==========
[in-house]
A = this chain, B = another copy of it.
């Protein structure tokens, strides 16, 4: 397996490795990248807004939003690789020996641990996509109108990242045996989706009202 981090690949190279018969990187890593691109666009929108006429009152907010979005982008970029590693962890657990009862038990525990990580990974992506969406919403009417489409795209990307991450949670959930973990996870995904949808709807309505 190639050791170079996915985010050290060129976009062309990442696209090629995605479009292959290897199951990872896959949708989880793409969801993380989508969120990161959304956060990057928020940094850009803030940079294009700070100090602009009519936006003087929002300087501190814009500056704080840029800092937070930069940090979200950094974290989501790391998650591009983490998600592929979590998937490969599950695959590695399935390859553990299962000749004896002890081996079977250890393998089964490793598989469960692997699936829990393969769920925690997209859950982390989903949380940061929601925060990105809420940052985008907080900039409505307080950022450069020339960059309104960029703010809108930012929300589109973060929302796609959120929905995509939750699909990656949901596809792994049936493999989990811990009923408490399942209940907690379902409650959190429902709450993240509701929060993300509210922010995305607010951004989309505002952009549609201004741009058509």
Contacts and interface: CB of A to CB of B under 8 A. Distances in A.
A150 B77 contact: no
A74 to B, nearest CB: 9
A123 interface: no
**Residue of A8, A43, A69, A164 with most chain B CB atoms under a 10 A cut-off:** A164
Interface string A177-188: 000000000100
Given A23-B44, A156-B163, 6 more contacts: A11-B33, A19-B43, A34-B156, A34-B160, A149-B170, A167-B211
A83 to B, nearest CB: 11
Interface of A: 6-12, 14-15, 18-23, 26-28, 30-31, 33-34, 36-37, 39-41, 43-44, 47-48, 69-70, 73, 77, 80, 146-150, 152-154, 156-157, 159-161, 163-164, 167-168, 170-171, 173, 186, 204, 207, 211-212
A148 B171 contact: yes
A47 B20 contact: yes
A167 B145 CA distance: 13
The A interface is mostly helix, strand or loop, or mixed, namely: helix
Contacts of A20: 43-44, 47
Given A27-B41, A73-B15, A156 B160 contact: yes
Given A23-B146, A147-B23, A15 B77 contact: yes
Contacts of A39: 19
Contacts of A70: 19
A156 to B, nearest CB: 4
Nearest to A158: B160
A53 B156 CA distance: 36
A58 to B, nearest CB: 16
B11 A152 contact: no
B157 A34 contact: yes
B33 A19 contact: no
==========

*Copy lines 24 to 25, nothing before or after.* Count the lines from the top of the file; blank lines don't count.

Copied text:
A53 B156 CA distance: 36
A58 to B, nearest CB: 16